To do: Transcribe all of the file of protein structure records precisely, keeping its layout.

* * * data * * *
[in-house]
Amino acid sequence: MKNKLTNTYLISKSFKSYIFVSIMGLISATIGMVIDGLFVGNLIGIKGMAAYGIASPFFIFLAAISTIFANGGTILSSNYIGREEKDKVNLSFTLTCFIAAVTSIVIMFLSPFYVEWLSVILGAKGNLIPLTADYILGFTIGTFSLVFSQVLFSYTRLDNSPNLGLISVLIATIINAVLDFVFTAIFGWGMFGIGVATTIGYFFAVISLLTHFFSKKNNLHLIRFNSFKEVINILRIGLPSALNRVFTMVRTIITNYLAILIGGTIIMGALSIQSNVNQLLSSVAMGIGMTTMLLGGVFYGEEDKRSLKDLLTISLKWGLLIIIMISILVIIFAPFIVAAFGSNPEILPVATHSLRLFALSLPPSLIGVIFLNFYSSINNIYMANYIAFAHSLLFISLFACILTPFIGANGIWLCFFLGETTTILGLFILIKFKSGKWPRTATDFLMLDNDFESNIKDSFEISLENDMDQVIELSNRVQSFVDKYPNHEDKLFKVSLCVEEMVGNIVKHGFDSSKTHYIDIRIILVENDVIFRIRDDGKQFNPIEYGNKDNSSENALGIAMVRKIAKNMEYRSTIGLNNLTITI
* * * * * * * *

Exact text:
[in-house]
Amino acid sequence: MKNKLTNTYLISKSFKSYIFVSIMGLISATIGMVIDGLFVGNLIGIKGMAAYGIASPFFIFLAAISTIFANGGTILSSNYIGREEKDKVNLSFTLTCFIAAVTSIVIMFLSPFYVEWLSVILGAKGNLIPLTADYILGFTIGTFSLVFSQVLFSYTRLDNSPNLGLISVLIATIINAVLDFVFTAIFGWGMFGIGVATTIGYFFAVISLLTHFFSKKNNLHLIRFNSFKEVINILRIGLPSALNRVFTMVRTIITNYLAILIGGTIIMGALSIQSNVNQLLSSVAMGIGMTTMLLGGVFYGEEDKRSLKDLLTISLKWGLLIIIMISILVIIFAPFIVAAFGSNPEILPVATHSLRLFALSLPPSLIGVIFLNFYSSINNIYMANYIAFAHSLLFISLFACILTPFIGANGIWLCFFLGETTTILGLFILIKFKSGKWPRTATDFLMLDNDFESNIKDSFEISLENDMDQVIELSNRVQSFVDKYPNHEDKLFKVSLCVEEMVGNIVKHGFDSSKTHYIDIRIILVENDVIFRIRDDGKQFNPIEYGNKDNSSENALGIAMVRKIAKNMEYRSTIGLNNLTITI